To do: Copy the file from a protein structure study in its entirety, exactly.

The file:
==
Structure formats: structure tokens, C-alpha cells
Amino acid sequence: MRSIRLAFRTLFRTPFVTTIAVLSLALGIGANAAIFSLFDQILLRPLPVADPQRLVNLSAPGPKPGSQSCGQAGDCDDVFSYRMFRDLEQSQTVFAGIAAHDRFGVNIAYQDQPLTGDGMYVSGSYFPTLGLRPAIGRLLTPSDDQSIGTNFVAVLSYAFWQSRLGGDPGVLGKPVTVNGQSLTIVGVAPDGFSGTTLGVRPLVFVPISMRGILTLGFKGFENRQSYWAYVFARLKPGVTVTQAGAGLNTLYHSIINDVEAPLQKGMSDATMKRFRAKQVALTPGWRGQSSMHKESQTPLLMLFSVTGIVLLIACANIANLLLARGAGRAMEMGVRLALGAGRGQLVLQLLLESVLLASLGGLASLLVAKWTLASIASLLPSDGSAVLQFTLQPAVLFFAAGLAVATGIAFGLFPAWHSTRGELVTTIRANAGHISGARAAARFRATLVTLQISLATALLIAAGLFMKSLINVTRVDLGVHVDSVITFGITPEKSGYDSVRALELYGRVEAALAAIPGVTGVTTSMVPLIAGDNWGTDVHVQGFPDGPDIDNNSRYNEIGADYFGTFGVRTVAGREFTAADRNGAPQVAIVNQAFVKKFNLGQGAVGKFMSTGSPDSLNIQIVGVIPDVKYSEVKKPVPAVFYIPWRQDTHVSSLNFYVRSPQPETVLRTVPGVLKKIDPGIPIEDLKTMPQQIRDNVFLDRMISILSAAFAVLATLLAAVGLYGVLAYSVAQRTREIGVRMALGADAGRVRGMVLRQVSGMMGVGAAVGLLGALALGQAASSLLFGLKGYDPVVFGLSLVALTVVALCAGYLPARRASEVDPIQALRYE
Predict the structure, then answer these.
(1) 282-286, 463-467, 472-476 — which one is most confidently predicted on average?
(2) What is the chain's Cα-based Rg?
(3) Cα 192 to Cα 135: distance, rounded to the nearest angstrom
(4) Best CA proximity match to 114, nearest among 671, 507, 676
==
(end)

Structure formats: structure tokens, C-alpha cells
Amino acid sequence: MRSIRLAFRTLFRTPFVTTIAVLSLALGIGANAAIFSLFDQILLRPLPVADPQRLVNLSAPGPKPGSQSCGQAGDCDDVFSYRMFRDLEQSQTVFAGIAAHDRFGVNIAYQDQPLTGDGMYVSGSYFPTLGLRPAIGRLLTPSDDQSIGTNFVAVLSYAFWQSRLGGDPGVLGKPVTVNGQSLTIVGVAPDGFSGTTLGVRPLVFVPISMRGILTLGFKGFENRQSYWAYVFARLKPGVTVTQAGAGLNTLYHSIINDVEAPLQKGMSDATMKRFRAKQVALTPGWRGQSSMHKESQTPLLMLFSVTGIVLLIACANIANLLLARGAGRAMEMGVRLALGAGRGQLVLQLLLESVLLASLGGLASLLVAKWTLASIASLLPSDGSAVLQFTLQPAVLFFAAGLAVATGIAFGLFPAWHSTRGELVTTIRANAGHISGARAAARFRATLVTLQISLATALLIAAGLFMKSLINVTRVDLGVHVDSVITFGITPEKSGYDSVRALELYGRVEAALAAIPGVTGVTTSMVPLIAGDNWGTDVHVQGFPDGPDIDNNSRYNEIGADYFGTFGVRTVAGREFTAADRNGAPQVAIVNQAFVKKFNLGQGAVGKFMSTGSPDSLNIQIVGVIPDVKYSEVKKPVPAVFYIPWRQDTHVSSLNFYVRSPQPETVLRTVPGVLKKIDPGIPIEDLKTMPQQIRDNVFLDRMISILSAAFAVLATLLAAVGLYGVLAYSVAQRTREIGVRMALGADAGRVRGMVLRQVSGMMGVGAAVGLLGALALGQAASSLLFGLKGYDPVVFGLSLVALTVVALCAGYLPARRASEVDPIQALRYE
Predict the structure, then answer these.
(1) 282-286, 463-467, 472-476 — which one is most confidently predicted on average?
(2) What is the chain's Cα-based Rg?
(3) Cα 192 to Cα 135: distance, rounded to the nearest angstrom
(4) Best CA proximity match to 114, nearest among 671, 507, 676